Saïd Business School Dean Soumitra Dutta explains the critical connection between innovation and UN SDGs.
We risk failing to meet the United Nations Sustainable Development Goals (UN SDGs) by its target date if we don’t act rapidly and collectively, warns Soumitra Dutta, Dean of Saïd Business School at the University of Oxford.
Addressing a Global Innovation Index (GII) 2022 webinar jointly held by the World Intellectual Organization (WIPO) and the Chinese Academy of Science and Technology for Development (CASTED), Dean Dutta, explained the latest state of innovation space across the world and challenges ahead.
In his speech to the webinar, organised on the occasion of the launch of the GII in China, Dean Dutta, the GII founder and co-editor of the 2022 edition, warned of the challenges ahead, saying that the world may lose the opportunity to achieve the UN SDGs by 2030 if we don’t act swiftly and successfully.
He said: ‘In the GII 2022 report, we have created identification criteria of different clusters of innovation, which are certainly important benchmarks. We see that the number of important innovation clusters is on the rise in several countries. But the major question still remains to be how we can scale up innovation. Because, if we cannot scale up innovation rapidly and successfully, we will not be able to achieve the United Nations Sustainable Development Goals.’
Dean Dutta’s warning follows last month’s COP27 climate change conference and as we approach the halfway mark between the adoption and finish line of the 2030 Agenda for Sustainable Development. The Sustainable Development Goals were adopted in 2015 by the 193 UN member states.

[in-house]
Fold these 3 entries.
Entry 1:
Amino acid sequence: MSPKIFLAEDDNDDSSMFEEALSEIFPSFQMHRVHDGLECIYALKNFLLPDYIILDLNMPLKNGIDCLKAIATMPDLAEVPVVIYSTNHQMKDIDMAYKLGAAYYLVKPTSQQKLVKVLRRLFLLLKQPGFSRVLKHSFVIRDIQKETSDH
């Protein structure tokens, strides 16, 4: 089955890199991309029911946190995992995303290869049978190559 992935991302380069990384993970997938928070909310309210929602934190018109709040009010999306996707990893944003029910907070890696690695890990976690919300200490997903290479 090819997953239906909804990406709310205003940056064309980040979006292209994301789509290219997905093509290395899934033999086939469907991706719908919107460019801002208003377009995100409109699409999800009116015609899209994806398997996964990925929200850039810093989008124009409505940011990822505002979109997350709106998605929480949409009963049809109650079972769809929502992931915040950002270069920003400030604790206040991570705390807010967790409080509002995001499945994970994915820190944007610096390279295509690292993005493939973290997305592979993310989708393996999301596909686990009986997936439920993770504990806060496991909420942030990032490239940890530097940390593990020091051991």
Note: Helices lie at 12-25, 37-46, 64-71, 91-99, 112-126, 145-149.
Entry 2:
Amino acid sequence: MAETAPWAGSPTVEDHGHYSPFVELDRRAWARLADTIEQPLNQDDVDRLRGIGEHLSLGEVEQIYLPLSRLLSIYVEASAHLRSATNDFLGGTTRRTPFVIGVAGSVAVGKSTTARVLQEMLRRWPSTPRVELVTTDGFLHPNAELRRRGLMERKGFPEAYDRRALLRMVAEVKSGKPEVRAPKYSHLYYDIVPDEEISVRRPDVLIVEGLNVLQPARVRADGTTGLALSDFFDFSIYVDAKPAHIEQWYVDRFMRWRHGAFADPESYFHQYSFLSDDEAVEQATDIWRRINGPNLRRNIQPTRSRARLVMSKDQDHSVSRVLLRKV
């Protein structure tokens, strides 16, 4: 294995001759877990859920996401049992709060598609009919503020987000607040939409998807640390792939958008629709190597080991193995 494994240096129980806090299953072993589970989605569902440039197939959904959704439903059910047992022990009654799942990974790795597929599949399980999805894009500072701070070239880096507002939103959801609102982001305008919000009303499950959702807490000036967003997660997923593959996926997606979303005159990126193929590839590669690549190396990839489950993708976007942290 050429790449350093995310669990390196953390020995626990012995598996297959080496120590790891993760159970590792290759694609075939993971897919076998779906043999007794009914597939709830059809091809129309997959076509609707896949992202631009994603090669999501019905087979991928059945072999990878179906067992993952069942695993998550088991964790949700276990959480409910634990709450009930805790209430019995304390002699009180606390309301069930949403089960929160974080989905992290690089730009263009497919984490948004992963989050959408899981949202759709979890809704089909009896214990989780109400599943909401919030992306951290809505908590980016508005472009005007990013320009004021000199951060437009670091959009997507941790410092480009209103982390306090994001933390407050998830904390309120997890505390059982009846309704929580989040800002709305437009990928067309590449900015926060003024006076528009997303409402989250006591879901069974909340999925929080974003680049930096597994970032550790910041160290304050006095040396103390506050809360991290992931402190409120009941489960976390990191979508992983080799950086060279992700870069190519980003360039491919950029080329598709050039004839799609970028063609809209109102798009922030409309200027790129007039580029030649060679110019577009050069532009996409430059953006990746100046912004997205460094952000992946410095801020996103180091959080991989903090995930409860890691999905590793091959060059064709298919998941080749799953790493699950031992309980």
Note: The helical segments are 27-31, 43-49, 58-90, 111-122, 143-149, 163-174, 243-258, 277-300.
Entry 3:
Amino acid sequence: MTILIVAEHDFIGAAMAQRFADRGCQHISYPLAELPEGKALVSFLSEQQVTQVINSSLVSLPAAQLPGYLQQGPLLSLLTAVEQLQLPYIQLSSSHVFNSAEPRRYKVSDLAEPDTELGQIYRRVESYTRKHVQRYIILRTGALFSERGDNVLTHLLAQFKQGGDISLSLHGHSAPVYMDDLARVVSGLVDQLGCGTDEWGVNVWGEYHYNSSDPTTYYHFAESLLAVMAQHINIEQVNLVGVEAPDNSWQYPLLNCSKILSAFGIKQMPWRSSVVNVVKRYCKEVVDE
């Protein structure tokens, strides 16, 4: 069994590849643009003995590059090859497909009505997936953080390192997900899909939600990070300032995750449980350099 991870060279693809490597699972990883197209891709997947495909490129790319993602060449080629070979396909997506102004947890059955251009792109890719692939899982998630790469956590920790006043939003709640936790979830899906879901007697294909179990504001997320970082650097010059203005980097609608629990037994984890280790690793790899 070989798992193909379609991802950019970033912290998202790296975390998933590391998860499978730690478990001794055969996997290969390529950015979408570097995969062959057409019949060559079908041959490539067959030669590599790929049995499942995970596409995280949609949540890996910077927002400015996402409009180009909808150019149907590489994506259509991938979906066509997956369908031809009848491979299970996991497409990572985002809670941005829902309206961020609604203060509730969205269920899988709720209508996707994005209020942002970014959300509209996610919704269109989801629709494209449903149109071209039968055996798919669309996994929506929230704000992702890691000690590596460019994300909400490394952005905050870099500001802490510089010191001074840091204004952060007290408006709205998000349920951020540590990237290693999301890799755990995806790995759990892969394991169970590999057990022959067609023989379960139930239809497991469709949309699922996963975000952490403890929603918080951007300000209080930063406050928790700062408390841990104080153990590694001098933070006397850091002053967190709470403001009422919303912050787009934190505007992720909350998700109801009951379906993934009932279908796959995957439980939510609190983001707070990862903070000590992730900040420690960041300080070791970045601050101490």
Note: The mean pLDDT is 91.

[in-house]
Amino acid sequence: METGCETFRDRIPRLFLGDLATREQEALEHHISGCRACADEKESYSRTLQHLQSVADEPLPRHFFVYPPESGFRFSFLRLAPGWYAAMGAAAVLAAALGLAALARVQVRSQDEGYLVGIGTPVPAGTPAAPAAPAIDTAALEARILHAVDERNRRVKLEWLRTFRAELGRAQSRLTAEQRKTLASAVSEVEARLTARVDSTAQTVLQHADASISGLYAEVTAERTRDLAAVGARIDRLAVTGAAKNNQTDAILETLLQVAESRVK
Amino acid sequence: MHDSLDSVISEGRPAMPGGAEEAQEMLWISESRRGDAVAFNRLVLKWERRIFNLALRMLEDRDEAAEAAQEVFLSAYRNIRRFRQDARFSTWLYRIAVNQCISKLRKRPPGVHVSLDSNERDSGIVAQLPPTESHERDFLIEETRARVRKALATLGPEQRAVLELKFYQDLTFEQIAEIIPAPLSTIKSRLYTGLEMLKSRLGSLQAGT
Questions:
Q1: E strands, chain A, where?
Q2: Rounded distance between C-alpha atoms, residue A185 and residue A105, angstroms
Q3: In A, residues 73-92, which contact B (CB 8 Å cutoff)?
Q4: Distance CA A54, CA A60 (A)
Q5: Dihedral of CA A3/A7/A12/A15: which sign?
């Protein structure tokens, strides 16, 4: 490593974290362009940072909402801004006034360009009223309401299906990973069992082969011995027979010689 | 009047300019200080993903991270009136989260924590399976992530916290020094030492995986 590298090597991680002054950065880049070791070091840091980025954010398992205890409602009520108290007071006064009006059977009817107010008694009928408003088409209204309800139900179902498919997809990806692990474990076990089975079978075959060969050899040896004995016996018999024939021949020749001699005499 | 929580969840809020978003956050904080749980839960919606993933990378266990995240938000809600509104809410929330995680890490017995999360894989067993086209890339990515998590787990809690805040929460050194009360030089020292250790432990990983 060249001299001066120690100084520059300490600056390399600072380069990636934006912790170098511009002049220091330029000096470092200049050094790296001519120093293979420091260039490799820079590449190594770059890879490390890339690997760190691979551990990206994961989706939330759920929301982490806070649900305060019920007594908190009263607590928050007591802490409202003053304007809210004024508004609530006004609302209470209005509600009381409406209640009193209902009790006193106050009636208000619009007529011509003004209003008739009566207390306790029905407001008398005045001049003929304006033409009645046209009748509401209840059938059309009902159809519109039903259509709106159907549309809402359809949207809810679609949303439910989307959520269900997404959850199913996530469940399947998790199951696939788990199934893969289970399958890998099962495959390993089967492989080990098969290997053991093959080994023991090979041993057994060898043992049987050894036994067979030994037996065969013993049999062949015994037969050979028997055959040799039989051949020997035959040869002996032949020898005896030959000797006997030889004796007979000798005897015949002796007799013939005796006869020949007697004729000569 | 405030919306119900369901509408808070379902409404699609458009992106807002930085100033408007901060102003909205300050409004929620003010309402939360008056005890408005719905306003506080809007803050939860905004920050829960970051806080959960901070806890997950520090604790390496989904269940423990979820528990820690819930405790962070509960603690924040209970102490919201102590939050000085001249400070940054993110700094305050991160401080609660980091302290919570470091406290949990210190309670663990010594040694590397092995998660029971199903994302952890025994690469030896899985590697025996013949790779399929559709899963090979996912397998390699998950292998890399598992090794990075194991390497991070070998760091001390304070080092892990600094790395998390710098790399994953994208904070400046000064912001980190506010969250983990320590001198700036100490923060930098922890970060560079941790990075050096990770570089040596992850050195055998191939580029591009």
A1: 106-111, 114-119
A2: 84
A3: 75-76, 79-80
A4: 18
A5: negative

COP15 on biodiversity will also start this week with a focus on agreeing a new set of goals to guide global action through 2030 to halt and reverse nature loss. Nature is critical to reaching the UN SDGs and limiting the global warming to 1.5 degrees, according to the UN Environment Programme (UNEP).
‘The UN SDGs risk being reached by its target date 2030. Even though some solutions do exist in some domains, primarily technology-driven ones, the ability of societies and nations to scale them up and actually execute them remains a question mark,’ said the Dean Dutta.
He also gave an example: ‘In general, the rate of progress in science and technology is speeding up, not slowing down. Improvements in deep science technology and the next phases of the ongoing digital revolution are creating enormous new opportunities for new innovations.
‘However, we are frequently still not able to sufficiently scale up innovations. Look at, for example, the story of Covid vaccines. The Covid threat has thankfully receded in most parts of the world, but the world was never able to move the vaccines successfully to all countries at equal levels despite many global efforts. Many poor countries and emerging markets were left behind in peak phases of the epidemic despite all the efforts being made in other countries.’
However, Dean Dutta has also pointed to some possible solutions: ‘We need a combination of different stakeholders - governments, the private sector, civil society and academia and others coming together to scale up solutions and innovations, if we wish to achieve the UN Sustainable Development Goals by 2030.
‘Many of the solutions to achieving the UN Sustainable Development Goals exist today – our challenge remains in scaling them up in an inclusive and cost-efficient manner across the world.’